It’s possible, if not likely, that the end result of the investigation into possible overlap between Russia’s efforts to interfere in the 2016 election and the Trump campaign will not end with any bright line connecting the president and Russian intelligence agencies. President Trump has repeatedly defined “collusion” with Russia solely through the lens of his having never directly communicated with any Russian agent, but that seems to be something of a smokescreen.
Instead, possible connections between the campaign and Russian agents would probably be much more indirect, involving the acquiescence, awareness or encouragement of people connected to Trump with people connected to Russia. The country will probably eventually be asked to assess whether a loose network of ties between the two sides constitutes something unacceptably untoward, rather than being presented with a smoking gun implicating Trump directly.
In recent weeks, we’ve gotten a good sense of what such a loosely strung connection between Russia and the Trump campaign might look like. Special counsel Robert S. Mueller III has been focused on longtime Trump ally Roger Stone, an adviser to the president who constantly pushed Trump to run for president well before he did. Subsequent news reports about Mueller’s probe have ensnared a number of people connected to Stone and/or Trump and apparent connections to WikiLeaks (which released documents allegedly stolen by Russian intelligence officers) and the organization’s leader, Julian Assange.
There are so many threads that they can be hard to follow. We’ve been updating a timeline of the various pieces of the question, but thought that a visual look at the relationships might be useful. It is below, broken out into two sections.
The first section focuses on spring 2016. There are eight individuals or entities involved in the timeline and several others who are involved less directly. They are:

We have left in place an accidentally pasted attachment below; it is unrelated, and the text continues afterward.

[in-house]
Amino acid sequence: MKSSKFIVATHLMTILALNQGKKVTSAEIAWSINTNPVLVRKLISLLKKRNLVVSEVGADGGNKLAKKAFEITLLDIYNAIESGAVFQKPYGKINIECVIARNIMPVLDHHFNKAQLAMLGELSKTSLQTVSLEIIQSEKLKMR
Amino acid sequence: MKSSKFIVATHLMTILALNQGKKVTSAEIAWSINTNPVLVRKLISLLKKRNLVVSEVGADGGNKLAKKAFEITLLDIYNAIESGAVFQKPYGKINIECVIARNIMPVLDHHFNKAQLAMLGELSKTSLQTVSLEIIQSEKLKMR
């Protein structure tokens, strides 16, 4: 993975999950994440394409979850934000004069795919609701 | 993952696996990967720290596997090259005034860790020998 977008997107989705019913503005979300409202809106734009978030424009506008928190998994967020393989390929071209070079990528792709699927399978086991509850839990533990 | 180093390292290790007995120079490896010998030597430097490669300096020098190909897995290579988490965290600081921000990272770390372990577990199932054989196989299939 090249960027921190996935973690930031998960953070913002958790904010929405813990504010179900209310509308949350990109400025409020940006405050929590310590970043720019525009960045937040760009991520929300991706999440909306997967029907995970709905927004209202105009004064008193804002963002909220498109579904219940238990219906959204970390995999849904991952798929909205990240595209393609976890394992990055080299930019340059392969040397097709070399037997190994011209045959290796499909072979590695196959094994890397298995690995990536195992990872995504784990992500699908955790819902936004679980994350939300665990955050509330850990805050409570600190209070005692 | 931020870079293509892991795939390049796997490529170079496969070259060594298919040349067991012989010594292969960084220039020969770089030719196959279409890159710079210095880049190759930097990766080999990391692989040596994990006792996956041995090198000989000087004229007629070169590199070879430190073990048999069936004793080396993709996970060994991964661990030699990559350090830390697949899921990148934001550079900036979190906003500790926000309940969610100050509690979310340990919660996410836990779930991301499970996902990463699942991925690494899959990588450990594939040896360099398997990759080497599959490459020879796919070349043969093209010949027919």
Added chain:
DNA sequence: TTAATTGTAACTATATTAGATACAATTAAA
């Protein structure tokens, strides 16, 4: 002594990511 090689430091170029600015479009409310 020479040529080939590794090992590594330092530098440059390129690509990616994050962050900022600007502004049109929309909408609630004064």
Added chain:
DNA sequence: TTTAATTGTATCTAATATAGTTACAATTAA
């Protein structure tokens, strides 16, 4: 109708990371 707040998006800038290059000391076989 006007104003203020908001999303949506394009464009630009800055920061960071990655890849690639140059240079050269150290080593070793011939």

- President Trump and his campaign, including his son Donald Trump Jr.
- Assange and WikiLeaks
- the Russian intelligence directorate, or GRU, implicated by Mueller in hacking the Democratic National Committee and the email of John Podesta, Hillary Clinton’s campaign chairman
- Guccifer 2.0, an online persona believed to have been developed and run by a Russian intelligence officer
- Randy Credico, a New York-area radio host
- Jerome Corsi, a conservative author and conspiracy theorist, and
- Ted Malloch, once considered by Trump as a possible ambassador to the European Union
Here’s how each is involved in the Stone-WikiLeaks question.
After Trump launched his campaign in June 2015, Russian intelligence agents allegedly accessed the DNC and Podesta’s email account in March and April 2016. The hackers continued to steal information through May.
At some point in the same period, Stone told a colleague that he’d been in contact with Assange. It’s not clear when this alleged contact took place, but, as noted below, Assange and WikiLeaks denied contact with Stone in this period.
In short order, things get complicated.
Let’s break this into three sections: From June until the release of the DNC files in late July, from that point until the end of September and from October through the election.
June to late July: WikiLeaks gets and releases the DNC data
Before the actual release of the files stolen from the DNC, there doesn’t seem to have been much interest on Stone’s end in what might be out there.
In early June, Assange told a British television interviewer that he had emails incriminating Clinton, but the description he offered overlapped with already public emails released by the State Department.
Later that month, The Post reported that Russian hackers had accessed the DNC’s network. In short order, the Guccifer 2.0 personality went public, along with a site called DCLeaks. After trickling out a bit of information, WikiLeaks contacted Guccifer to offer to host the rest of the stolen DNC files. (If this contact were made over Twitter, it would probably have been Assange making the request.) Over the course of July, the information was allegedly transferred and WikiLeaks began publishing it shortly before the Democratic convention that month.
Late July to September: Stone tries to predict what’s next